Stop Distracted Learning: Real Tools and Tips to Help Students

Posted by Emily Guthrie on Aug 27, 2016 2:09:00 PM

I can relate to students who find it difficult to avoid the distractions that are ever present with their peers, their devices, and the all the other competing interests in their lives. These distractions are part of the world today and are not going away anytime soon, so I think it behooves teachers and students alike to regularly revisit strategies for improved concentration on important tasks and projects. 

Stop Distracted Learning: Real Tools and Tips to Help Students

1. Forest: Forest is a simple app that runs on smart phones and web browsers.  When a user wants to start focusing on studying, writing, group discussion, or any other offline task, they start the app for a specified about of time (the default is about 30 minutes). Starting the app starts the process of growing a virtual tree.  Sure virtual trees are not the coolest thing ever, but what I do find motivating is when users navigate out of the app or website and they have to select the option "give up" only to be met with another confirmation screen that says "are you sure you want to give up?  This will kill your cute, little tree". In addition, they are motivated by a prompt that they can do better next time and a running total of minutes focused in a day.  There are also some fun rewards and break options for active users.  For iPhone this app cost me $1.99, but it is free for Firefox and chrome and also available for purchase on android and windows phones. 

2. Phones out and off: I know a few teachers who successfully encourage (and sometimes incentivize) students to turn off their phones and keep them out on their desk.  Keeping them out on their desks while off helps keep students accountable by making them obvious to teachers if turned on, but also decreases any liability issues or confusion that may arise from teachers collecting phones in a basket or other area of the classroom.  Teachers who I know have taken this stance have been open with parents and guardians about how to get a hold of their student through a direct line to the teacher (like celly) or through the main office in case of emergency.  

3. Dispel the multi-tasking myth: Many students and teachers think that multi-tasking is getting more done in less time, but countless sources have found quite the opposite. I love to get students thinking by sharing  this Talk of the Nation story with them:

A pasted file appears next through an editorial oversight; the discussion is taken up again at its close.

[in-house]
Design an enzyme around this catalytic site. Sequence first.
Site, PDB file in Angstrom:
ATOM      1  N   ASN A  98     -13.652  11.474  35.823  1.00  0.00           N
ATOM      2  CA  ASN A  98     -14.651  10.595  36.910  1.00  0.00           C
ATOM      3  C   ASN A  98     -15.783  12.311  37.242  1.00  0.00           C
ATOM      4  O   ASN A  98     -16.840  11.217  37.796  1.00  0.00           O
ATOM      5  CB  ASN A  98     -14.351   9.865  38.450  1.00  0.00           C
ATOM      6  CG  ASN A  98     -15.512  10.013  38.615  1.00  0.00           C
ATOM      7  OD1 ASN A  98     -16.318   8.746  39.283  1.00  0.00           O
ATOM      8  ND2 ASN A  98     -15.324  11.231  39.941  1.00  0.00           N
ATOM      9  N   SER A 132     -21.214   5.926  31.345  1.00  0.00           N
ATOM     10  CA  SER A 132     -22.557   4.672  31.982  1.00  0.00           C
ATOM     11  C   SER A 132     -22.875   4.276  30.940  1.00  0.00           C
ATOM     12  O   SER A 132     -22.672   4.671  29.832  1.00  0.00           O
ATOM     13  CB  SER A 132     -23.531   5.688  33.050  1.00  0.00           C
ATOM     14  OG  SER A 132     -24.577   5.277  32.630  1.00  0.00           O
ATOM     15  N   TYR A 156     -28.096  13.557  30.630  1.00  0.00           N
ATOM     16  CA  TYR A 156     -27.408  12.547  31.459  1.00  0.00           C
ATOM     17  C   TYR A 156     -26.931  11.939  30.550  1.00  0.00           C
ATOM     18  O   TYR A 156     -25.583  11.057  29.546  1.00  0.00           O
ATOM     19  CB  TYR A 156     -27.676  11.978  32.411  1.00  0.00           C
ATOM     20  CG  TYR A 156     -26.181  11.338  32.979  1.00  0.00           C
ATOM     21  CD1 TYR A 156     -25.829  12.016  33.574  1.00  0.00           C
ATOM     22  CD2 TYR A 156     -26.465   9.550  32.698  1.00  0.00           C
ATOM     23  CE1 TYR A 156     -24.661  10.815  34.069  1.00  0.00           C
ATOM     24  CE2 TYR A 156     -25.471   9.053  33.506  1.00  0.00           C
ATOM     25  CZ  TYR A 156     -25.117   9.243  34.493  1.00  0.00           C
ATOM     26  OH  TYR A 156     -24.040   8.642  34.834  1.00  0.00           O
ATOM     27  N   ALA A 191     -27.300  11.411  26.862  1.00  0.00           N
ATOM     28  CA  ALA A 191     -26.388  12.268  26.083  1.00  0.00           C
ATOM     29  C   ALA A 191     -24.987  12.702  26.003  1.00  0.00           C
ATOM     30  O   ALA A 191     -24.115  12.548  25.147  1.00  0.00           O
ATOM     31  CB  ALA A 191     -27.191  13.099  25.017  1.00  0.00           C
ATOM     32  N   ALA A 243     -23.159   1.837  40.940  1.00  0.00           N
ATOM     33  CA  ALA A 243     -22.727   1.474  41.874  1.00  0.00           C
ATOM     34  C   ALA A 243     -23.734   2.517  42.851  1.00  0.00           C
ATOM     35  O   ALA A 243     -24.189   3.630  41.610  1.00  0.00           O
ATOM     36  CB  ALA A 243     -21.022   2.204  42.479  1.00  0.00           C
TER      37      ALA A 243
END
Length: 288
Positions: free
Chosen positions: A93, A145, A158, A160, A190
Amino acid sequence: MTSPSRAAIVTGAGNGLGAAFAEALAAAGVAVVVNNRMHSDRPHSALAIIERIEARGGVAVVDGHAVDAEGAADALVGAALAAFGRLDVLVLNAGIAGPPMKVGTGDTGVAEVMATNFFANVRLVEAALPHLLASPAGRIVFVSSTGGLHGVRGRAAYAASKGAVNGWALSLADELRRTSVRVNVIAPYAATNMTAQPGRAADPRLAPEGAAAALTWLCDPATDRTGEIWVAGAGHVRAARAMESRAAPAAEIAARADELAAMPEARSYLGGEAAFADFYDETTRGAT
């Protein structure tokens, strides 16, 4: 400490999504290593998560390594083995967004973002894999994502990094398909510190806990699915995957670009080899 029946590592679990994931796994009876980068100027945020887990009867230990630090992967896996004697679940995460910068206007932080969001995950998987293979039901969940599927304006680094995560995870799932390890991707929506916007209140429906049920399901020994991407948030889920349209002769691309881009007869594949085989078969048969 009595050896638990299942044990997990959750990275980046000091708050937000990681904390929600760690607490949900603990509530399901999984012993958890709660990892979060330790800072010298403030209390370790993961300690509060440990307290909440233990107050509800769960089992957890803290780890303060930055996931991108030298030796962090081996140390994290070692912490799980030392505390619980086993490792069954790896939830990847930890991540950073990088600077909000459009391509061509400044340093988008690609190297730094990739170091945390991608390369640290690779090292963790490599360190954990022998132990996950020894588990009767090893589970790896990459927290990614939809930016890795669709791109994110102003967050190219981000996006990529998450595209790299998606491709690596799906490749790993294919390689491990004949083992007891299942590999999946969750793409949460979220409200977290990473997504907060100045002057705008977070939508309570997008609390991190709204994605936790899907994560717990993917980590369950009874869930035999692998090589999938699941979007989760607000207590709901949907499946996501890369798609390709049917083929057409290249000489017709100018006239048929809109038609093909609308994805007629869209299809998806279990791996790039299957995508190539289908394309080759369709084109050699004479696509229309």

4. Talk about personal development, grit, and instant gratification, and priorities: It may seem like a willful choice for teenagers (and adults alike) to waste time with distractions and try to get away with the bare minimum.  I actually think it is mostly a lack of mindfulness, trapping students in a rut of doing what they have always done without thinking about the implications to their goals and dreams. All that being said, I think a short, daily moment of inspiration in the form of a quote or mini-advice session can help students be more mindful of the distractions they face.  I read an adage somewhere that the way we speak to our youth becomes the voice inside their head and I really want that voice to tell them to resist the desire to tune out.  Here's a great poem that I think will resonate with students: 



5. Create a schedule: For long block periods, teachers can create a clear agenda with scheduled breaks to allow students who are anxious about being away from friends or social media outlets for long periods of time.  Knowing when they will be able to check in with their favorite distractions may help some students focus on the important tasks of learning uninterrupted.    

6. Teach students to turn off notifications: I'm sure that they know or can figure out how to turn off distracting notifications, but they might have not considered the option.  This suggestion can be especially effective if the paired with a thoughtful teacher led discussion about whether students are controlling phones or phones are controlling students. 

How do you help students stop distracted learning? We would love to hear from you in the comment section below! 

Topics: Classroom Management, tech, technology, classroom tech

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